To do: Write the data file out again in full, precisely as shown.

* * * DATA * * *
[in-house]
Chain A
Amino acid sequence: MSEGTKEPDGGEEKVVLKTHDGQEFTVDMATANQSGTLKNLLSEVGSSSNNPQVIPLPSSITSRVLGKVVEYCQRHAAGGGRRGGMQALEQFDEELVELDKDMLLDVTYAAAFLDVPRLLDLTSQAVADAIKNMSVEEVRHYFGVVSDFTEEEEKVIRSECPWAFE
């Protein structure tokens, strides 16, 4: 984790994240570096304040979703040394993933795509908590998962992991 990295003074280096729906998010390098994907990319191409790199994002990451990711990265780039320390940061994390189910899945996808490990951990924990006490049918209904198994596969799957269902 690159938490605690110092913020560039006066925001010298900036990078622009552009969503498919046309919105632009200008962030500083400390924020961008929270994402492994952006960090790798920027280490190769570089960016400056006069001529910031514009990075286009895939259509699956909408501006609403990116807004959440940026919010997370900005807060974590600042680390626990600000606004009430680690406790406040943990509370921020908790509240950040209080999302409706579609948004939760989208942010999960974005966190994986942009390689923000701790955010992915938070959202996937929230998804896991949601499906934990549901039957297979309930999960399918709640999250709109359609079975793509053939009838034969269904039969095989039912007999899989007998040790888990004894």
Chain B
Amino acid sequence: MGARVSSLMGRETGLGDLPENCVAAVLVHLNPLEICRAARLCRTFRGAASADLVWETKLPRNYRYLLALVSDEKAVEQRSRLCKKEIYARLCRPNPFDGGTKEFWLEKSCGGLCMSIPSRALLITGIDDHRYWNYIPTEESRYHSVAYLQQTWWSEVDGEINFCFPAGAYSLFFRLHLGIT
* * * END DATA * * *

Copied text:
[in-house]
Chain A
Amino acid sequence: MSEGTKEPDGGEEKVVLKTHDGQEFTVDMATANQSGTLKNLLSEVGSSSNNPQVIPLPSSITSRVLGKVVEYCQRHAAGGGRRGGMQALEQFDEELVELDKDMLLDVTYAAAFLDVPRLLDLTSQAVADAIKNMSVEEVRHYFGVVSDFTEEEEKVIRSECPWAFE
């Protein structure tokens, strides 16, 4: 984790994240570096304040979703040394993933795509908590998962992991 990295003074280096729906998010390098994907990319191409790199994002990451990711990265780039320390940061994390189910899945996808490990951990924990006490049918209904198994596969799957269902 690159938490605690110092913020560039006066925001010298900036990078622009552009969503498919046309919105632009200008962030500083400390924020961008929270994402492994952006960090790798920027280490190769570089960016400056006069001529910031514009990075286009895939259509699956909408501006609403990116807004959440940026919010997370900005807060974590600042680390626990600000606004009430680690406790406040943990509370921020908790509240950040209080999302409706579609948004939760989208942010999960974005966190994986942009390689923000701790955010992915938070959202996937929230998804896991949601499906934990549901039957297979309930999960399918709640999250709109359609079975793509053939009838034969269904039969095989039912007999899989007998040790888990004894």
Chain B
Amino acid sequence: MGARVSSLMGRETGLGDLPENCVAAVLVHLNPLEICRAARLCRTFRGAASADLVWETKLPRNYRYLLALVSDEKAVEQRSRLCKKEIYARLCRPNPFDGGTKEFWLEKSCGGLCMSIPSRALLITGIDDHRYWNYIPTEESRYHSVAYLQQTWWSEVDGEINFCFPAGAYSLFFRLHLGIT